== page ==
Special Educational Needs Policy
HEBDEN BRIDGE Learning Community
CREATED FEBRUARY 12TH 2016
REVIEWED FEB 2017
REVIEWED FEB 2018
REVIEWED SEPT 2019
PERSON RESPONSIBLE: ANIL SARNA
TO BE REVIEWED ANNUALLY; NEXT REVIEW SEPTEMBER 2020
Special educational needs are addressed by all the staff in the Learning Community. As we have small classes and a very student-centred approach to each child, there is no clear distinction between students with special needs who get extra support and everyone else; there is a gradual transition.
Since yoga and meditation are an intrinsic part of the Learning Community day the students learn how to become aware of their own barriers to learning and with the help of their teachers they can surmount them. With this the children will acquire a powerful and wonderful tool for understanding their needs and challenges while helping them to maintain a rich receptivity to learning.
Likewise, in different subjects and on different days students will need varying amounts of extra support and, as far as possible, the staff tries to provide that support both in and out of class.
The Learning Community Senco
Is Anil Sarna.
Types of extra provision
In general the provision from within the regular Learning Community budget is a balance between the level of need and the resources available. Where possible special needs will be met through:
i) Extra attention in class from the normal class teachers. This is made possible by our small classes.
ii) Extra support outside class. This is not formal extra lessons, but most teachers make time for certain students when they are having difficulty.
iii) Having extra lessons in very small groups or one to one sessions with teachers
iv) Having a flexible timetable, tailored to work around difficulties in accessing the normal subject provision.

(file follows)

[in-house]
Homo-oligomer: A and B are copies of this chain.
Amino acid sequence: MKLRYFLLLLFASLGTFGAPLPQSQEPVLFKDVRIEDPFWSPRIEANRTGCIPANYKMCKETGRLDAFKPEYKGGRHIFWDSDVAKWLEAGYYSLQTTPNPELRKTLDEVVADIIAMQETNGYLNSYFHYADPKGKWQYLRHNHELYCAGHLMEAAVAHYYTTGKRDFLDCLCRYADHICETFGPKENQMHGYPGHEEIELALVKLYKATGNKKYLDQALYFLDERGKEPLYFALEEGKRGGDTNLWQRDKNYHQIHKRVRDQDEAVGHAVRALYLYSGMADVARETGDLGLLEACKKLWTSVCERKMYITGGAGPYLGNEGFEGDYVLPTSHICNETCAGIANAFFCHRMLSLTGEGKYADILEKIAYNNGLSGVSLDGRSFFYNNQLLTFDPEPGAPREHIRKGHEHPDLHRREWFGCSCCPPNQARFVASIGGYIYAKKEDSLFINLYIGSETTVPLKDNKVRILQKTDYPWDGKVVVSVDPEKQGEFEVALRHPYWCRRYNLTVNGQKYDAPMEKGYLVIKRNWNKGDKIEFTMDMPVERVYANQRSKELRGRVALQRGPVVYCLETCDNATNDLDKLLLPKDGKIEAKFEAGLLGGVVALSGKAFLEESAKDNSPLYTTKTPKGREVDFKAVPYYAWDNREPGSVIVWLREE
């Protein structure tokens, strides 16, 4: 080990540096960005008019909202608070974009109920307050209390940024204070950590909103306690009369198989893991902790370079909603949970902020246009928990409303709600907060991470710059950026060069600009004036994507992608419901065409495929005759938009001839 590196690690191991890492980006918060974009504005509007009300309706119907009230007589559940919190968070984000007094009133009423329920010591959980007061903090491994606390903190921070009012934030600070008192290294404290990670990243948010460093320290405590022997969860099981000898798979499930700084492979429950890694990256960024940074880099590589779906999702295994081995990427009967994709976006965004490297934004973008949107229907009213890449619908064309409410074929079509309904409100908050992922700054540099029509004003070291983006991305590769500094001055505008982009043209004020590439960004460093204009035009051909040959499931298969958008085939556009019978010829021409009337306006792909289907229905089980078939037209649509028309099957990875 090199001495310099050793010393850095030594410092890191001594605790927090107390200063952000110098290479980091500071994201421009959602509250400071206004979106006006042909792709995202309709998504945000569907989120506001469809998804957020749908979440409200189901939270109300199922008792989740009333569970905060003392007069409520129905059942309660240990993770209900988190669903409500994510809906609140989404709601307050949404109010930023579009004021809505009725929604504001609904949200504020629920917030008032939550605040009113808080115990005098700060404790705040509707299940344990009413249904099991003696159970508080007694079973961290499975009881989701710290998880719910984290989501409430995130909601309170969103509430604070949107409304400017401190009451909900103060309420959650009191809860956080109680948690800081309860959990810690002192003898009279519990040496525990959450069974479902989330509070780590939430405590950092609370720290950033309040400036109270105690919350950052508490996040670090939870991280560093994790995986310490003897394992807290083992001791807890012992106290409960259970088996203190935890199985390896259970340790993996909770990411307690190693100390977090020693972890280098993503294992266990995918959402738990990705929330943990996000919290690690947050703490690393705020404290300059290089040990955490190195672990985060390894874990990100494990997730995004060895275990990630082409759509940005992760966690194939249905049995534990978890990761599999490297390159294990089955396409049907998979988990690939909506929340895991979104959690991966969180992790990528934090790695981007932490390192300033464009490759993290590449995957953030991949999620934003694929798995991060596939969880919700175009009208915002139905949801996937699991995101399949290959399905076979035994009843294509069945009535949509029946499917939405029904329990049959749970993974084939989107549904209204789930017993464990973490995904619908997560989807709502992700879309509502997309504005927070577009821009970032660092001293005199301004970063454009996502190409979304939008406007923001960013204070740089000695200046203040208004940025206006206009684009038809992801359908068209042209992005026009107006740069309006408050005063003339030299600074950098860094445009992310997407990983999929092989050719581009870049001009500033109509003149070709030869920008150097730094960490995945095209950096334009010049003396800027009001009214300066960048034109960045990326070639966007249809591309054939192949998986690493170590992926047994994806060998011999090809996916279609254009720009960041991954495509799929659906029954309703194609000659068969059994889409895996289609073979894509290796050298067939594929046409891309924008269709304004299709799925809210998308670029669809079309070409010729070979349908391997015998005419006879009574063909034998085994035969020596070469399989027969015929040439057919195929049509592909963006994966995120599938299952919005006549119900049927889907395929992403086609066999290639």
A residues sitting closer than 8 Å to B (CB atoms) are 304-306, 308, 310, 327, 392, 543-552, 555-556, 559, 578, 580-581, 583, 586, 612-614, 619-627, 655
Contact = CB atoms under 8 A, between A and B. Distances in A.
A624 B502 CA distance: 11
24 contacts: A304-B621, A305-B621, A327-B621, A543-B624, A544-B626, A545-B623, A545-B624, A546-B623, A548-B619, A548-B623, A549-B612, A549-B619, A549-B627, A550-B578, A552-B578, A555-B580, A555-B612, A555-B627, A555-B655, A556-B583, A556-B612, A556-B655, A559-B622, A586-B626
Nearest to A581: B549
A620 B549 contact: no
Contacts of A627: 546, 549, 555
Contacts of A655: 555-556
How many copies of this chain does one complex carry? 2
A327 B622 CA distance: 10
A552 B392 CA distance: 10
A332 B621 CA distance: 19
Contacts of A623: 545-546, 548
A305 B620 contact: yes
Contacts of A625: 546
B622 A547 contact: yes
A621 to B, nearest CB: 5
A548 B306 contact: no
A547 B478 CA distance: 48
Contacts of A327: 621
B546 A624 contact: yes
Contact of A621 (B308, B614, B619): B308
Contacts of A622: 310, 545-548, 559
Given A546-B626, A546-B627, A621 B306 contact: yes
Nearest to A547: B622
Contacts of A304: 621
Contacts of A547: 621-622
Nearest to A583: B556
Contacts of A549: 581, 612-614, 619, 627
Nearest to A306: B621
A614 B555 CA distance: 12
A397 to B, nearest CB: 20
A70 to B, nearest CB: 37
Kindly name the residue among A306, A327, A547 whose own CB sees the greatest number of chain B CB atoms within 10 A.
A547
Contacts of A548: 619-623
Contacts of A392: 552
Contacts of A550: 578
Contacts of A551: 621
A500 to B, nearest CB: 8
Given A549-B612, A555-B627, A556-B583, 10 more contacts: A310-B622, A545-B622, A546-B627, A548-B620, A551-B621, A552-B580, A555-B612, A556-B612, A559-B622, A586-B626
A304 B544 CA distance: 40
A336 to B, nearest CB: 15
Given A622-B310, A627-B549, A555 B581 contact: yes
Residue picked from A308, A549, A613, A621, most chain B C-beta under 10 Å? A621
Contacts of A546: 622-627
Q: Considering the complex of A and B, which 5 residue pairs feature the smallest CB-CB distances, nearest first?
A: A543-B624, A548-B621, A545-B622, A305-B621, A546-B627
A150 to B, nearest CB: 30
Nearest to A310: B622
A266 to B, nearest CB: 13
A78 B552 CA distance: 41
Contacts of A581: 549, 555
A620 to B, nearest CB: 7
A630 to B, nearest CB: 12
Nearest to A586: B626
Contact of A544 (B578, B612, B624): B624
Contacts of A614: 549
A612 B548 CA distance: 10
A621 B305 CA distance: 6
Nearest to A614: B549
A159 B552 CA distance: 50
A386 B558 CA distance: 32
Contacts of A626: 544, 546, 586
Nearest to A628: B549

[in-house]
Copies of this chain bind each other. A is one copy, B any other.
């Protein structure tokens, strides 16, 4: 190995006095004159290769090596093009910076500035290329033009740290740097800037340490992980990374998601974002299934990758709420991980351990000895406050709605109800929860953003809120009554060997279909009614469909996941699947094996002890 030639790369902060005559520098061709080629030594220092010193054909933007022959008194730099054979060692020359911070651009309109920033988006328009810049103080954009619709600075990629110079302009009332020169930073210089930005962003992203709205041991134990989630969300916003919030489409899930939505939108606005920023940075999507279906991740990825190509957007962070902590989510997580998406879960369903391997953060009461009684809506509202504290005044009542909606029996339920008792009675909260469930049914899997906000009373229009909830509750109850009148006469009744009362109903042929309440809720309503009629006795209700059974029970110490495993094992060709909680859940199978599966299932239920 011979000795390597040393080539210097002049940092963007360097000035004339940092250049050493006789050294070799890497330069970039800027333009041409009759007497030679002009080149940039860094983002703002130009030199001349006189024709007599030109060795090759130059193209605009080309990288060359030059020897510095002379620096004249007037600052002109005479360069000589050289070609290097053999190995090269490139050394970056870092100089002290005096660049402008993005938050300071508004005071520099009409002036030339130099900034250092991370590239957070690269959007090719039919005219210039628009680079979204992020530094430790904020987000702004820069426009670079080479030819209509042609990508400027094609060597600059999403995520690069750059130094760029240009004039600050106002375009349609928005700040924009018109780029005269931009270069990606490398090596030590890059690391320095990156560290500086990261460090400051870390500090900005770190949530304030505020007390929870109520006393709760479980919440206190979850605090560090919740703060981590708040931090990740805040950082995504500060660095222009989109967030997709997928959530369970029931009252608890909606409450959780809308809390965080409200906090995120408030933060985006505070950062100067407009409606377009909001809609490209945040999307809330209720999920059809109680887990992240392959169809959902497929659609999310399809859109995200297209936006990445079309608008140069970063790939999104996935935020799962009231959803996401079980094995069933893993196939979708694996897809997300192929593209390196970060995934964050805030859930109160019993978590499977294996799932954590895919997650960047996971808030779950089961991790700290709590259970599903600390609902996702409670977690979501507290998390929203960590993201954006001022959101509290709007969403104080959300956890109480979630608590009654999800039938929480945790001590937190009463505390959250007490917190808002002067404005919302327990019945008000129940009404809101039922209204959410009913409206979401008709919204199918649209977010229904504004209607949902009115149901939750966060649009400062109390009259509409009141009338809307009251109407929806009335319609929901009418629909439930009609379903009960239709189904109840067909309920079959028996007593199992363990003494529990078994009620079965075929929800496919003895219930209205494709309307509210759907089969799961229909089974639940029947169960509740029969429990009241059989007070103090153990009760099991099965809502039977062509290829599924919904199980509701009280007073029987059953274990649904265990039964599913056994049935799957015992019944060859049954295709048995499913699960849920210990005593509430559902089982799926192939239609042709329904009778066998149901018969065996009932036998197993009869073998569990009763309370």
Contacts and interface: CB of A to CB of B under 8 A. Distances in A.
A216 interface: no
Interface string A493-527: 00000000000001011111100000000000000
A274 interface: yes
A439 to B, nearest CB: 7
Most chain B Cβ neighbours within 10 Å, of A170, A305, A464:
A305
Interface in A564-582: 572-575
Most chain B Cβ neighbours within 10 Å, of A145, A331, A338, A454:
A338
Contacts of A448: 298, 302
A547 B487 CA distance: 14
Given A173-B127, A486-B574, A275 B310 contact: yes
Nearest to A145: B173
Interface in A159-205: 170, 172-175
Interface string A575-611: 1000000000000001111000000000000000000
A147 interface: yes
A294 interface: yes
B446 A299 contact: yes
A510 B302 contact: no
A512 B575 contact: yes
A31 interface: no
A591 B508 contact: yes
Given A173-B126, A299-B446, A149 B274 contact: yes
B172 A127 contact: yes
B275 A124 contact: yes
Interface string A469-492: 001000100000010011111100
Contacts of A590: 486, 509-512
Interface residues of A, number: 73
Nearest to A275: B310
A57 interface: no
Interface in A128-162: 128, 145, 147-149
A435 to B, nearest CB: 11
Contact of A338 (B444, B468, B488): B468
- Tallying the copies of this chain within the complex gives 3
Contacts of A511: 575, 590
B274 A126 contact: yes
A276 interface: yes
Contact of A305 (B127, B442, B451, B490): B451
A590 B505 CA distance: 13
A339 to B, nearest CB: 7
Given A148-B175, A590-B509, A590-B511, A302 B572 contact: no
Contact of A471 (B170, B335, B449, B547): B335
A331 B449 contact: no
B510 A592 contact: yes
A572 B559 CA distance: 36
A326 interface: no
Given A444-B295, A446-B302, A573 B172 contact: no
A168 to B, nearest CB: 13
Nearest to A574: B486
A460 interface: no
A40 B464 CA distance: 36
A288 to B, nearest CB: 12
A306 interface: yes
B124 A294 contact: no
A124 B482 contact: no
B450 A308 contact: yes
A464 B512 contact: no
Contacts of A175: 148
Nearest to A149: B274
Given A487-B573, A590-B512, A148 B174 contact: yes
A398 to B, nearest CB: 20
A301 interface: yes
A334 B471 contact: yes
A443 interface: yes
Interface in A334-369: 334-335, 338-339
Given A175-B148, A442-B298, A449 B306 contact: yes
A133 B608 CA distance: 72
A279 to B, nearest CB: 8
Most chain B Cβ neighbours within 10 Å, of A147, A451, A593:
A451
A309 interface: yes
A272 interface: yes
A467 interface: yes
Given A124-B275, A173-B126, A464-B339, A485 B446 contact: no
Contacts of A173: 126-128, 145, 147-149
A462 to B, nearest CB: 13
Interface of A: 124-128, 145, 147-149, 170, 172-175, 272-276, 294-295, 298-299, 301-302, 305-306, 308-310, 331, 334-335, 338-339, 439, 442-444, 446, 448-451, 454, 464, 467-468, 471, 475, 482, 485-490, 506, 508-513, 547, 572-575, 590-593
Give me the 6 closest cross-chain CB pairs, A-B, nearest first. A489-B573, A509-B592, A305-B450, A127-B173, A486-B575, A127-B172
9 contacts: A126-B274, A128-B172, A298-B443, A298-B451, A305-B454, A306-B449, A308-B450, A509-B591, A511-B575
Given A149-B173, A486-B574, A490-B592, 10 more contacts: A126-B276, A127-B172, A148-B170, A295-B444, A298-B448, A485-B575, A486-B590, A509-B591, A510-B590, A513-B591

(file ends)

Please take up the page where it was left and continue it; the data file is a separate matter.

Students with emotional problems, which can present as barriers to learning, also have access to the Learning Community’s counsellor.
Obviously our level of support is restricted by our resources and staff time. If the LEA provides extra funding we are able to resource a student better. Likewise, in the case of parents who can afford pay for the resources, we can hire in further help, see annex 1.
The Learning Community special needs register
A confidential list of the needs of each student is available to the staff as part of the Student Database. The Student Database shows:
• Emotional, social, developmental needs
• Flexible time table agreement
• Access arrangements for exams
• Learning support in place
Though the list is available to all the staff there may be further confidential matters known only to the Principal.
The register also identifies other factors that are thought to be important issues in students’ academic or social progress. These included the following and are based on opinions formed through the open relationships that students have with staff, in particular with their tutors.
LPB: lack of parental boundaries
DM: Drug misuse
OCSL: Out of control social life.
NSSDS: Nonspecific social disparity syndrome
English as a second language